What parents need to know
Parents Need to Know
Parents need to know that Mask is a deeply moving and inspirational film about a teenage boy whose face is disfigured by a genetic defect. Based on a true story, the boy, Rocky Dennis, is a positive role model who almost always manages to maintain a sense of humor and a positive attitude in spite of ridicule from strangers and frequent headaches from his condition. Rocky's mother and his close friends see the sweet and intelligent kid within, and treat him like just another teenager growing up. Rocky tries to help his mother in her struggles with drug addiction, and she is seen smoking marijuana, snorting cocaine, taking pills, buying drugs from a dealer, and appearing high and/or drunk. Rocky and his mother's extended family is a rough-and-tumble yet goodhearted biker gang, usually seen drinking beer, smoking, and partying. Profanity is also often used throughout the film. And there is a scene with a prostitute but no sex or nudity.
What's the story?
MASK is based on the true story of Rocky Dennis (Eric Stoltz), a teenager with a genetic defect -- craniodiaphseal dysplasia -- that turned his face into a huge "mask" of bone. Rocky's mom, Rusty (Cher), is a wild, tough woman who constantly fights for her son's right to lead a normal life. When a new doctor tells Rocky he's got just a few months to live, mom and son refuse to listen, since Rocky has outlived earlier diagnoses. When Rocky becomes a counselor's aide at a summer camp for the blind, he meets Diana (Laura Dern). Romance blossoms, but Diana's parents disapprove. Back at home, Rocky battles with his mom about her alcohol and drug abuse, and driving out her boyfriend Gar (Sam Elliott).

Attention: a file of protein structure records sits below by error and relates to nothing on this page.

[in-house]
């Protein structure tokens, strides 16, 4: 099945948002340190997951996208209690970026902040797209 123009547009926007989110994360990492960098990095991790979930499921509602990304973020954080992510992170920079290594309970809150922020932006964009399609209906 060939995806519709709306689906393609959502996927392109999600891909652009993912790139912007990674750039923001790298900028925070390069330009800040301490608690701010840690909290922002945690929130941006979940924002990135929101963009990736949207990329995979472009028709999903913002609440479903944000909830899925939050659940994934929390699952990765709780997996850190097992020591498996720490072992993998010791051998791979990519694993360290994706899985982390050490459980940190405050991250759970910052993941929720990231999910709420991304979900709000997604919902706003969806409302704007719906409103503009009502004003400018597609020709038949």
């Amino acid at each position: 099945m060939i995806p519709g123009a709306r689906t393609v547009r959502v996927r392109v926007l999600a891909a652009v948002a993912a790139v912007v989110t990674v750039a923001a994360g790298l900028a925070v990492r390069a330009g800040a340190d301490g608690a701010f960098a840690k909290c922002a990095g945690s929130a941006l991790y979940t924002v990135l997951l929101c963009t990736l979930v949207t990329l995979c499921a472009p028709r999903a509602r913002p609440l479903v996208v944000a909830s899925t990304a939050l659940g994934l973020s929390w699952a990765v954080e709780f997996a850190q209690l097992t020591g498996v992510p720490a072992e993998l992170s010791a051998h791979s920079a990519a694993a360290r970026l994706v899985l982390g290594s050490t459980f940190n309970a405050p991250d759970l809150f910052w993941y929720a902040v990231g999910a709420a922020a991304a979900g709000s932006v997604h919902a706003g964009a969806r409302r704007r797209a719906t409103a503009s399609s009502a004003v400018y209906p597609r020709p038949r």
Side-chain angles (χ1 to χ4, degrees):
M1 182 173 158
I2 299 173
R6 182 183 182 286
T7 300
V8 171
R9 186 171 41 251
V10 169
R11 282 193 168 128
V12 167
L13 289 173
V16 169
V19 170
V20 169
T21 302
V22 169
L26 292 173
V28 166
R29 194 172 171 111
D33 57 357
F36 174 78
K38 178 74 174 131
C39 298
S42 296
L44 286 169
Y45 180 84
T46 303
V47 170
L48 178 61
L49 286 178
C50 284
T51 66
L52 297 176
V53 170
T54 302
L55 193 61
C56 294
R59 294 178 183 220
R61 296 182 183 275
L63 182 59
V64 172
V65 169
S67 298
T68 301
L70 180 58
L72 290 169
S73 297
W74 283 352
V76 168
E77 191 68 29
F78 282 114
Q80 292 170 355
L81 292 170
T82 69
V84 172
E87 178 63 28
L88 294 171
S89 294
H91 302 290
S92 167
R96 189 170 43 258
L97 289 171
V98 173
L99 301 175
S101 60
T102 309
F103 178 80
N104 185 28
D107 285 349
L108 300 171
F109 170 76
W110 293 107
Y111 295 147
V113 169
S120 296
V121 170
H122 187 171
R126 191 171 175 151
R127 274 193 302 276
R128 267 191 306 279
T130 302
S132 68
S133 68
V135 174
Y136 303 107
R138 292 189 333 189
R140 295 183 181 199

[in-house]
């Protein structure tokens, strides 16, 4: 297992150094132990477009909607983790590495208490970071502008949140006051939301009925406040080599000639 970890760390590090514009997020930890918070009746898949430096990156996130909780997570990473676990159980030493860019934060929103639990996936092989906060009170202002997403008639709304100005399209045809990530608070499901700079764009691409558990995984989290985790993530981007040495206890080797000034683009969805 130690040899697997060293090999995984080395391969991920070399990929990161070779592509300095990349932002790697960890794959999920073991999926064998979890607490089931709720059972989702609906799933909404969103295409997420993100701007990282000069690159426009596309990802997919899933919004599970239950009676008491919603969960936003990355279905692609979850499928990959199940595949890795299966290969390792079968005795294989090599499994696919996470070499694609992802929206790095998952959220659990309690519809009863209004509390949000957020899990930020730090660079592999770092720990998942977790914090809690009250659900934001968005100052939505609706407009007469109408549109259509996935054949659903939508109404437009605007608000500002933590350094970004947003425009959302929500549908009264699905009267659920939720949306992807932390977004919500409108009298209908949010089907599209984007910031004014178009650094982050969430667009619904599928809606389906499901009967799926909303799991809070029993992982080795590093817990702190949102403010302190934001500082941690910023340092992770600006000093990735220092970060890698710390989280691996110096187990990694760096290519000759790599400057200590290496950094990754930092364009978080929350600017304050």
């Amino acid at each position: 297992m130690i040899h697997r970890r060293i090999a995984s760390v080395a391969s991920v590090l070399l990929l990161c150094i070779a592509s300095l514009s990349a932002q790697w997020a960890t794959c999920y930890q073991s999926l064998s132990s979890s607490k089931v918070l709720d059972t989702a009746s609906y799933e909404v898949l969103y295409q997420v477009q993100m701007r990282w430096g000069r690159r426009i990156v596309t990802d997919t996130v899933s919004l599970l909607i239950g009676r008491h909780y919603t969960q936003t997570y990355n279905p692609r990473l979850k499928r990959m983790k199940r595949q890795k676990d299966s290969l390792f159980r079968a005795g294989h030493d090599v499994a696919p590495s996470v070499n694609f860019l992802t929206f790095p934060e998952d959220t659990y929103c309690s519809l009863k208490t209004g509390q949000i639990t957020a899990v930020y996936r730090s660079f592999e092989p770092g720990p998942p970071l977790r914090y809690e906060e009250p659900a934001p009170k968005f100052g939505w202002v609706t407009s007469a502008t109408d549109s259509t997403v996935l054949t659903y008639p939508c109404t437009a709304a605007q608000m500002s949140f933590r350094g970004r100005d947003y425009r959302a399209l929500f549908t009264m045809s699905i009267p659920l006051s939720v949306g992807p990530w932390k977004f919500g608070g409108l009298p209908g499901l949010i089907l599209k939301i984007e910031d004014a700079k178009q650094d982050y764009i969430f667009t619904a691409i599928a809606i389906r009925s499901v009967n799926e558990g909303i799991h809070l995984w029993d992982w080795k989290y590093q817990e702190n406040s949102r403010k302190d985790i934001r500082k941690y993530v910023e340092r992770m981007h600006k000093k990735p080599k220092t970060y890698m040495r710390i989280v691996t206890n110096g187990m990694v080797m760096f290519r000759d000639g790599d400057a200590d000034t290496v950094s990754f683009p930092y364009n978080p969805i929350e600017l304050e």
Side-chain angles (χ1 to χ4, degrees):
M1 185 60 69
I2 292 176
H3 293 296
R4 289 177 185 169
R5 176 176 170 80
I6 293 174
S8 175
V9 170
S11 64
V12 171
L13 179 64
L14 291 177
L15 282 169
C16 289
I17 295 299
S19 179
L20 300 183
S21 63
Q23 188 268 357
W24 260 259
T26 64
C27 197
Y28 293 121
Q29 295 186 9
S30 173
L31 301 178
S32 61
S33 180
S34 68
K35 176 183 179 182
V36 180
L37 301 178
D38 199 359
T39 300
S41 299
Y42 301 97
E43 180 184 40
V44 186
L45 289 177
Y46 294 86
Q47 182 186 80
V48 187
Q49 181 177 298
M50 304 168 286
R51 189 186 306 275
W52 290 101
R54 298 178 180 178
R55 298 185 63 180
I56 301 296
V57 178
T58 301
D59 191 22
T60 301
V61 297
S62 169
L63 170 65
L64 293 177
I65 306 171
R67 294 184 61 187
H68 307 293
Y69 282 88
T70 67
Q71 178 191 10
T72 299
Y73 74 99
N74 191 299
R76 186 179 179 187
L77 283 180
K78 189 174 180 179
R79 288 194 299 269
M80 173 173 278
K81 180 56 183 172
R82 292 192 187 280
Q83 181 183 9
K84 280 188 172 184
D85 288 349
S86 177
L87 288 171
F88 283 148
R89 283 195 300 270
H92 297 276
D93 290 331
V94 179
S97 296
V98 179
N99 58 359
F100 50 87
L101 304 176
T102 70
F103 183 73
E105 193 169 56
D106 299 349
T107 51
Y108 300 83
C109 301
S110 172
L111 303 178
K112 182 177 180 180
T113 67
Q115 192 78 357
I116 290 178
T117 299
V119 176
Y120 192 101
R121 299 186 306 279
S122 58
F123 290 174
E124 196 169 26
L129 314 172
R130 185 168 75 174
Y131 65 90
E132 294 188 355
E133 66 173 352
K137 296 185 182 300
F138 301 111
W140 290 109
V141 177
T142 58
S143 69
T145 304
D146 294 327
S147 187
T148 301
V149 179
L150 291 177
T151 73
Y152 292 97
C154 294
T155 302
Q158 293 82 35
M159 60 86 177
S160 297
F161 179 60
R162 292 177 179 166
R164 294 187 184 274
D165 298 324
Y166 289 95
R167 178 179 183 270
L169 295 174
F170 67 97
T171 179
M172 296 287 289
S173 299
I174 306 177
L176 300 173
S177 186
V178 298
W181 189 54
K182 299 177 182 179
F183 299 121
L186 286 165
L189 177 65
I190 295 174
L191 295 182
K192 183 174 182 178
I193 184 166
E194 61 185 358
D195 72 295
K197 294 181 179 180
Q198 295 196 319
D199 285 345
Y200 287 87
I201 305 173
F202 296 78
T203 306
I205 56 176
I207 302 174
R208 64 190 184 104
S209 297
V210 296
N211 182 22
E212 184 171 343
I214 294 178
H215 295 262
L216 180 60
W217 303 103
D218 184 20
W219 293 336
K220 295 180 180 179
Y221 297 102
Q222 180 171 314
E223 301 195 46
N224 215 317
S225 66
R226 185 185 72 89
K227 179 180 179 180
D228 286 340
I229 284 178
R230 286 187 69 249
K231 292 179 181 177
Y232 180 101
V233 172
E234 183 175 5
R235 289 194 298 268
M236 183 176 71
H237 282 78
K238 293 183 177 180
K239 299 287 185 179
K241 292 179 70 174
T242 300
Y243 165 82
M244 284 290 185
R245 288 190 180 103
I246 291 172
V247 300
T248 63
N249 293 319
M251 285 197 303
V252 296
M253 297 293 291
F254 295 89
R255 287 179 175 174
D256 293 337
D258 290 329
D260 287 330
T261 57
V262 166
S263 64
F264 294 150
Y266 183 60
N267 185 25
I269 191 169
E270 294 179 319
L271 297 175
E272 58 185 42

Is it any good?
This is not a typical "disease of the week" movie about someone triumphing over adversity; it is a far more complex and moving story about two people who love and care for and about each other. Though in other aspects of her life Rusty is completely irresponsible, even dissolute, with Rocky she is the ideal of maternal strength and commitment. And Rocky is a source of strength for her, too, acting almost as her parent.
Mask has several exceptionally touching moments, and it shows us over and over again that it is not about an "abnormal" boy in a normal world, but about a real boy in a world where everyone is different. As he says, "I look weird, but otherwise I'm real normal." Rocky has some interesting ways of coping with his problems. He has his version of Pollyanna's "Glad Game," using happy memories to help him through hard times. And his mother, who herself uses drugs, helps him manage his headaches without drugs by "talking them away."
Families can talk about...
Families can talk about the way Rocky handles the fact that he is physically different from others. What other movies have you seen about outsiders and people with disabilities? Do you think Mask is a fresh, effective take on this topic?
Why don't the parents of Diana, who is blind, want her to see Rocky? Does that surprise you?
How do Rocky and Rusty take care of each other? Give some examples. Why is Rusty better at taking care of Rocky than she is at taking care of herself?